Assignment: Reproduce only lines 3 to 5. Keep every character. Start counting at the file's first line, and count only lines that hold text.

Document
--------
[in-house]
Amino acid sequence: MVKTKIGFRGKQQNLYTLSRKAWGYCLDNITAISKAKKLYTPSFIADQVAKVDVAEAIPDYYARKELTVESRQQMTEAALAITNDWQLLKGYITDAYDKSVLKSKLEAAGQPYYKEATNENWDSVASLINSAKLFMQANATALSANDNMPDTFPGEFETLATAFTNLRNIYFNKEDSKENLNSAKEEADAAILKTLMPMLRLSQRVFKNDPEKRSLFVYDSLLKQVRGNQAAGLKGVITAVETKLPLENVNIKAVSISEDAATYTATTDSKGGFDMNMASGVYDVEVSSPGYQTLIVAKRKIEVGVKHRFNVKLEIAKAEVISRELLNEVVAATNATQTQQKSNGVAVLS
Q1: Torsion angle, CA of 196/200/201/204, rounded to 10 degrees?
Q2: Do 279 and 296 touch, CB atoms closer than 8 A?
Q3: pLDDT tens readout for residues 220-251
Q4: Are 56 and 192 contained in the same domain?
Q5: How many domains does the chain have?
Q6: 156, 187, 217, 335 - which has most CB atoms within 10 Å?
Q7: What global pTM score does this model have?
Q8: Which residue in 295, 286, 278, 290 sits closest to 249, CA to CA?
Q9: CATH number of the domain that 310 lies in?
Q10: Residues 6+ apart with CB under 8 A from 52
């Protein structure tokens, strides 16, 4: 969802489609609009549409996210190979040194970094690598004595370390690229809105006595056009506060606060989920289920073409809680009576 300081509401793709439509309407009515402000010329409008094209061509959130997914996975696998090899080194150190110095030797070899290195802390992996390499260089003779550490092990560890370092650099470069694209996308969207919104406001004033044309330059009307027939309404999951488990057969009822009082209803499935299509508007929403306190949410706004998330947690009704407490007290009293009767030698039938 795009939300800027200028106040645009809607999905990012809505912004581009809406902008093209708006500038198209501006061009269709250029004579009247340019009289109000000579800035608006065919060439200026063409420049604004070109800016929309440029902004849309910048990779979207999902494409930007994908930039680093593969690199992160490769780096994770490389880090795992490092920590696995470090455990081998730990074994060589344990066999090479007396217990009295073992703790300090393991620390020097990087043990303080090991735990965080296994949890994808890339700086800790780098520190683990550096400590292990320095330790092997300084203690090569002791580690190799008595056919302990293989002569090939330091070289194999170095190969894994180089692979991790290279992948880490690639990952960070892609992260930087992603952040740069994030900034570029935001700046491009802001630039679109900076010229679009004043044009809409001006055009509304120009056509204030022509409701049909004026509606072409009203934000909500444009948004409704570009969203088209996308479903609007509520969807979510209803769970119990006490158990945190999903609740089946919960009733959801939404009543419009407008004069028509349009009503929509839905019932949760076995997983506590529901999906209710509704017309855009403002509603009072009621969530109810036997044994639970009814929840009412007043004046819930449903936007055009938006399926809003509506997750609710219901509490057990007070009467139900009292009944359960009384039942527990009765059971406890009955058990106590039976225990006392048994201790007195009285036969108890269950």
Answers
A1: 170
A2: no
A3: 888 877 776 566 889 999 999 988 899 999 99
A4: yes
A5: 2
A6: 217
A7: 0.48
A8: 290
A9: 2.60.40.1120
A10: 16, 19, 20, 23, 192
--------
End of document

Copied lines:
Q1: Torsion angle, CA of 196/200/201/204, rounded to 10 degrees?
Q2: Do 279 and 296 touch, CB atoms closer than 8 A?
Q3: pLDDT tens readout for residues 220-251